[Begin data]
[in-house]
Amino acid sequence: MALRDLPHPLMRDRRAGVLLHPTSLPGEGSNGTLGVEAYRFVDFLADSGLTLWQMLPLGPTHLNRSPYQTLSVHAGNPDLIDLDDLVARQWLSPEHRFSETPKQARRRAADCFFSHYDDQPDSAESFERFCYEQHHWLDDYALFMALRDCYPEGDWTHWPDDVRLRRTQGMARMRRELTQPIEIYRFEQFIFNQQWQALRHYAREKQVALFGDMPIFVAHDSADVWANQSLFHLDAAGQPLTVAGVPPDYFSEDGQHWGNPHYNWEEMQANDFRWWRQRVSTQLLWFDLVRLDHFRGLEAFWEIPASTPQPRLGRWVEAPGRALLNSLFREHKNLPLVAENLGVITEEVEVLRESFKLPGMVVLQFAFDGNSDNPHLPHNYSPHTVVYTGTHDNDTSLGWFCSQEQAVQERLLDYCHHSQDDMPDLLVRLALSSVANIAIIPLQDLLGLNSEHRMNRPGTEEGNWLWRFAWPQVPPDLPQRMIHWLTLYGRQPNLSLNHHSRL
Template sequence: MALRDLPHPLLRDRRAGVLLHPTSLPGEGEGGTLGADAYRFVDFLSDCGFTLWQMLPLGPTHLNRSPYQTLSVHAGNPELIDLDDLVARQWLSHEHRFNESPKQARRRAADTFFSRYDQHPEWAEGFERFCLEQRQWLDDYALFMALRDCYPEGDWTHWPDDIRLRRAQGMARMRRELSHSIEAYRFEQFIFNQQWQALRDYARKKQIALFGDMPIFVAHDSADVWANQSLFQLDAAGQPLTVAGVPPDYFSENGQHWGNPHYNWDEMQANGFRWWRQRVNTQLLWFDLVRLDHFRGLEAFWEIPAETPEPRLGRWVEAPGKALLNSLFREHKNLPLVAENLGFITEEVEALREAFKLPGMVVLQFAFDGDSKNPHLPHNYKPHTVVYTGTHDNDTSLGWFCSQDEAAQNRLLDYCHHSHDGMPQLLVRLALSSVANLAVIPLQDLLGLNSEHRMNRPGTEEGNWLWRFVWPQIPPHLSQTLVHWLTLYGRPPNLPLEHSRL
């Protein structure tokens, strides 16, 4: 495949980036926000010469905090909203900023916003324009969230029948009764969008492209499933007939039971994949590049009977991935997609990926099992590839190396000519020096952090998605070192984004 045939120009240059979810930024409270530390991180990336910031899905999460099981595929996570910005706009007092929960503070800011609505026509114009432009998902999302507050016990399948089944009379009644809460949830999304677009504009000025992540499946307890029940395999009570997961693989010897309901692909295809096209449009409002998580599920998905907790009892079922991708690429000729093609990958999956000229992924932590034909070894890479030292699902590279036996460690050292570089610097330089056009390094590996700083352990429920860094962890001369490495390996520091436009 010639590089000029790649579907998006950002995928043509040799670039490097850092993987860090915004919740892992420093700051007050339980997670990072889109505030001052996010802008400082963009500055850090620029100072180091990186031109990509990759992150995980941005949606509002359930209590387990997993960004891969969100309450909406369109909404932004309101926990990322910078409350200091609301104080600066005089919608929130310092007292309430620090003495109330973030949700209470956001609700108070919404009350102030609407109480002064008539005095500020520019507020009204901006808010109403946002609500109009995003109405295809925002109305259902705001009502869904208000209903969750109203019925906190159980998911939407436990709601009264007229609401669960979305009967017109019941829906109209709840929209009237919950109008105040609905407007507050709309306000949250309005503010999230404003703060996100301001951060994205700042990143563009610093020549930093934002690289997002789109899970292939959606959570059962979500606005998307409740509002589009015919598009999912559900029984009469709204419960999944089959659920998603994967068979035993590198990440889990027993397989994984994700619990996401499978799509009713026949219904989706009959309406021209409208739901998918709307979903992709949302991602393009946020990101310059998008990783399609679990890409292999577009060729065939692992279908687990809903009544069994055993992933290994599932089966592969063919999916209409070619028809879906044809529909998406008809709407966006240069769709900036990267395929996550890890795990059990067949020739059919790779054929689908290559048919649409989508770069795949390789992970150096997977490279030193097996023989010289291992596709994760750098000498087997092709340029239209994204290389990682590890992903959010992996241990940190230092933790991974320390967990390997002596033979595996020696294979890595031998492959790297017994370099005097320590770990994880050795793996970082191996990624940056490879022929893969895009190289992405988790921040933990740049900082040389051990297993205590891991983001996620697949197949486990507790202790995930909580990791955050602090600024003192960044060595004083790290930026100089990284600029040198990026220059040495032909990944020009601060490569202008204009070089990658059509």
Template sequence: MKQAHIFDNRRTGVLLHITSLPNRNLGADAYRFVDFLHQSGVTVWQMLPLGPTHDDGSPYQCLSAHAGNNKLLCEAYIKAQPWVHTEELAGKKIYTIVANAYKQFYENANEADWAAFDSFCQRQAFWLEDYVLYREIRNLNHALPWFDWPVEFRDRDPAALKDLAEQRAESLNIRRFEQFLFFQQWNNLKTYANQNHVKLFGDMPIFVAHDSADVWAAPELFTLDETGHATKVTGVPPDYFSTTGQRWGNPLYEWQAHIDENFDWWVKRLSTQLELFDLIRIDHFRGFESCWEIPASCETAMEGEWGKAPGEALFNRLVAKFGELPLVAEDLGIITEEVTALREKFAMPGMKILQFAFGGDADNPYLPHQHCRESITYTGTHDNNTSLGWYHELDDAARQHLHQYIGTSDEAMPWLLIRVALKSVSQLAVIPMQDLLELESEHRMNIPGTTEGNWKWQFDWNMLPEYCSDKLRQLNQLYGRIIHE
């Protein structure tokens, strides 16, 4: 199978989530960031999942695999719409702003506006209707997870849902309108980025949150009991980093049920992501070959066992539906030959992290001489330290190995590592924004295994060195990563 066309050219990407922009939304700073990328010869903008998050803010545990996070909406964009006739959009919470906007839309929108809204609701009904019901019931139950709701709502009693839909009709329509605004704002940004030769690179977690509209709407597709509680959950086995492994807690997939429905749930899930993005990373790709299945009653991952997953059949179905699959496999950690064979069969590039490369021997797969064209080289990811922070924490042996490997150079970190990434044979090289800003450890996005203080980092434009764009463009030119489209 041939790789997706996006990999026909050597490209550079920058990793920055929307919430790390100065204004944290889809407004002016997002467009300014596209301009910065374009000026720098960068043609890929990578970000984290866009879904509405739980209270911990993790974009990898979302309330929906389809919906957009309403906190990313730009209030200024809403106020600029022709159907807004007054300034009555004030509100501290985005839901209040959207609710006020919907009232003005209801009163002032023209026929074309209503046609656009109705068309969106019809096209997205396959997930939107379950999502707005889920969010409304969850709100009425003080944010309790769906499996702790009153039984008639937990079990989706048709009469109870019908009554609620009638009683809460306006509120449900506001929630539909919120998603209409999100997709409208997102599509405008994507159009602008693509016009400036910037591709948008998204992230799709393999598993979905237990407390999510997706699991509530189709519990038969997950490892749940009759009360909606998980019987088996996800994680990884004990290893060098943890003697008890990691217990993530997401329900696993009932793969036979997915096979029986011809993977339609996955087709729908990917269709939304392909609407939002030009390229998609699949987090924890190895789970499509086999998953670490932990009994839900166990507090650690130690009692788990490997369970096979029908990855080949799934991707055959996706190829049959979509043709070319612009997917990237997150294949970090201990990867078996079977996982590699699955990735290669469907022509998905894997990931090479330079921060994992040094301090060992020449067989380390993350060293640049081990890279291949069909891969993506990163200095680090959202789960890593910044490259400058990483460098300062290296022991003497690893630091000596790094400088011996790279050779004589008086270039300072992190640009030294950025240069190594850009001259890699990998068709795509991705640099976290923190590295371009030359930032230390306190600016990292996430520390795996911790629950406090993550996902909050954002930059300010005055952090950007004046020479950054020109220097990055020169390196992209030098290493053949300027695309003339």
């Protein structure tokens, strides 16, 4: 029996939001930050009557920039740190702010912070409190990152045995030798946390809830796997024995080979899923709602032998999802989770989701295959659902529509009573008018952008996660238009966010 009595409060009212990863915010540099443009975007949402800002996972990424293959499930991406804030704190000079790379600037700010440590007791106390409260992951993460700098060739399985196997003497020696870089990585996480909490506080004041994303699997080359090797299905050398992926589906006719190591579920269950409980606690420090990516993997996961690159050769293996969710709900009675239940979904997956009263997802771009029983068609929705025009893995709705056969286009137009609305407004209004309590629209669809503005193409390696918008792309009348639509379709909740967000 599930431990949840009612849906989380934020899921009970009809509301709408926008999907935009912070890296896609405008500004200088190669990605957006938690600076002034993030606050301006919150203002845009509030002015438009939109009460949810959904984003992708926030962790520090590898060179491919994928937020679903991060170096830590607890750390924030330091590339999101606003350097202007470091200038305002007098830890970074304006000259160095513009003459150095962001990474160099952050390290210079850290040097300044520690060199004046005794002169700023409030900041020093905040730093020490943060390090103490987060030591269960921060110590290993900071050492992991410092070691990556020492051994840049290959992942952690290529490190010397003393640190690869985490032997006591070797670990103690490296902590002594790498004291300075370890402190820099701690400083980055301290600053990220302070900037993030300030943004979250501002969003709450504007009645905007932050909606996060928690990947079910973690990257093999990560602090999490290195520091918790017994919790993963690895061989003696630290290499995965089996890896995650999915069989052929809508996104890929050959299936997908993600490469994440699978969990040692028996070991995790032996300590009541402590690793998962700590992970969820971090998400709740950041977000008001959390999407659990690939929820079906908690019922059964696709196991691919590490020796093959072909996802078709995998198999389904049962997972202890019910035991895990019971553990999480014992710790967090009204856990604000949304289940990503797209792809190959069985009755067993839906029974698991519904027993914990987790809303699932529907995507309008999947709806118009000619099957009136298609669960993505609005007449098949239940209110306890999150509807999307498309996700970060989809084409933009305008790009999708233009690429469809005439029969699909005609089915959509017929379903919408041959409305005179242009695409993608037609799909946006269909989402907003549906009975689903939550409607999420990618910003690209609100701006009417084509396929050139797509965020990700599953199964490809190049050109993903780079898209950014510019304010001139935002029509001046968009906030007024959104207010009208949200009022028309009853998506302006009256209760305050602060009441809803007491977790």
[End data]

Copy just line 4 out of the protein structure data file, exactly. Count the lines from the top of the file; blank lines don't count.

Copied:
């Protein structure tokens, strides 16, 4: 495949980036926000010469905090909203900023916003324009969230029948009764969008492209499933007939039971994949590049009977991935997609990926099992590839190396000519020096952090998605070192984004 045939120009240059979810930024409270530390991180990336910031899905999460099981595929996570910005706009007092929960503070800011609505026509114009432009998902999302507050016990399948089944009379009644809460949830999304677009504009000025992540499946307890029940395999009570997961693989010897309901692909295809096209449009409002998580599920998905907790009892079922991708690429000729093609990958999956000229992924932590034909070894890479030292699902590279036996460690050292570089610097330089056009390094590996700083352990429920860094962890001369490495390996520091436009 010639590089000029790649579907998006950002995928043509040799670039490097850092993987860090915004919740892992420093700051007050339980997670990072889109505030001052996010802008400082963009500055850090620029100072180091990186031109990509990759992150995980941005949606509002359930209590387990997993960004891969969100309450909406369109909404932004309101926990990322910078409350200091609301104080600066005089919608929130310092007292309430620090003495109330973030949700209470956001609700108070919404009350102030609407109480002064008539005095500020520019507020009204901006808010109403946002609500109009995003109405295809925002109305259902705001009502869904208000209903969750109203019925906190159980998911939407436990709601009264007229609401669960979305009967017109019941829906109209709840929209009237919950109008105040609905407007507050709309306000949250309005503010999230404003703060996100301001951060994205700042990143563009610093020549930093934002690289997002789109899970292939959606959570059962979500606005998307409740509002589009015919598009999912559900029984009469709204419960999944089959659920998603994967068979035993590198990440889990027993397989994984994700619990996401499978799509009713026949219904989706009959309406021209409208739901998918709307979903992709949302991602393009946020990101310059998008990783399609679990890409292999577009060729065939692992279908687990809903009544069994055993992933290994599932089966592969063919999916209409070619028809879906044809529909998406008809709407966006240069769709900036990267395929996550890890795990059990067949020739059919790779054929689908290559048919649409989508770069795949390789992970150096997977490279030193097996023989010289291992596709994760750098000498087997092709340029239209994204290389990682590890992903959010992996241990940190230092933790991974320390967990390997002596033979595996020696294979890595031998492959790297017994370099005097320590770990994880050795793996970082191996990624940056490879022929893969895009190289992405988790921040933990740049900082040389051990297993205590891991983001996620697949197949486990507790202790995930909580990791955050602090600024003192960044060595004083790290930026100089990284600029040198990026220059040495032909990944020009601060490569202008204009070089990658059509």